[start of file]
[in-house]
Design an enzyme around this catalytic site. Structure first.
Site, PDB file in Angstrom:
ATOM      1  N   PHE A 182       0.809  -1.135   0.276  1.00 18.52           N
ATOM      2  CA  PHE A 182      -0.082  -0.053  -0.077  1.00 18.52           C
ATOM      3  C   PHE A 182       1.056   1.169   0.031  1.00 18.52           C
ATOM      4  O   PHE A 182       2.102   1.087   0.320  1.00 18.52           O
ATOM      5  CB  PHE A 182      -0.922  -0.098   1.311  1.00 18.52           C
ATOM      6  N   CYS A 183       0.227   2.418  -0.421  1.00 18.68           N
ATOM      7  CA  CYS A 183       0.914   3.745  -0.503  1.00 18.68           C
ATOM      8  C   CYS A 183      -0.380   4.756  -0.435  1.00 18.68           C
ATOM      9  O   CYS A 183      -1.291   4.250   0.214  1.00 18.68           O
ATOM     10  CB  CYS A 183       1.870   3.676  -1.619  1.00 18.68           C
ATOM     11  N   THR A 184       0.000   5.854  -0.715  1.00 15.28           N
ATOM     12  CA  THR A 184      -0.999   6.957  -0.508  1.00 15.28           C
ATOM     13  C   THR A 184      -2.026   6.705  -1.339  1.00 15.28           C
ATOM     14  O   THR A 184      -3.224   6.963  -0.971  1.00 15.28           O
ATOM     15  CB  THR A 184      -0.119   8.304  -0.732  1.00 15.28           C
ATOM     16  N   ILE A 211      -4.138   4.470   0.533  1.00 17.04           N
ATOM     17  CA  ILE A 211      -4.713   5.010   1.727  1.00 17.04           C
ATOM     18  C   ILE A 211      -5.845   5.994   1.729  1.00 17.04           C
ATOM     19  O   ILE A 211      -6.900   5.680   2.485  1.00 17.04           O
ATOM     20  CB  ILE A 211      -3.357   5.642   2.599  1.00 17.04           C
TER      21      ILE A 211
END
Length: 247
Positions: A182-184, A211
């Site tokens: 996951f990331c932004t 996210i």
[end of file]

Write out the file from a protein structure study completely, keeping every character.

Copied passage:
[in-house]
Design an enzyme around this catalytic site. Structure first.
Site, PDB file in Angstrom:
ATOM      1  N   PHE A 182       0.809  -1.135   0.276  1.00 18.52           N
ATOM      2  CA  PHE A 182      -0.082  -0.053  -0.077  1.00 18.52           C
ATOM      3  C   PHE A 182       1.056   1.169   0.031  1.00 18.52           C
ATOM      4  O   PHE A 182       2.102   1.087   0.320  1.00 18.52           O
ATOM      5  CB  PHE A 182      -0.922  -0.098   1.311  1.00 18.52           C
ATOM      6  N   CYS A 183       0.227   2.418  -0.421  1.00 18.68           N
ATOM      7  CA  CYS A 183       0.914   3.745  -0.503  1.00 18.68           C
ATOM      8  C   CYS A 183      -0.380   4.756  -0.435  1.00 18.68           C
ATOM      9  O   CYS A 183      -1.291   4.250   0.214  1.00 18.68           O
ATOM     10  CB  CYS A 183       1.870   3.676  -1.619  1.00 18.68           C
ATOM     11  N   THR A 184       0.000   5.854  -0.715  1.00 15.28           N
ATOM     12  CA  THR A 184      -0.999   6.957  -0.508  1.00 15.28           C
ATOM     13  C   THR A 184      -2.026   6.705  -1.339  1.00 15.28           C
ATOM     14  O   THR A 184      -3.224   6.963  -0.971  1.00 15.28           O
ATOM     15  CB  THR A 184      -0.119   8.304  -0.732  1.00 15.28           C
ATOM     16  N   ILE A 211      -4.138   4.470   0.533  1.00 17.04           N
ATOM     17  CA  ILE A 211      -4.713   5.010   1.727  1.00 17.04           C
ATOM     18  C   ILE A 211      -5.845   5.994   1.729  1.00 17.04           C
ATOM     19  O   ILE A 211      -6.900   5.680   2.485  1.00 17.04           O
ATOM     20  CB  ILE A 211      -3.357   5.642   2.599  1.00 17.04           C
TER      21      ILE A 211
END
Length: 247
Positions: A182-184, A211
């Site tokens: 996951f990331c932004t 996210i």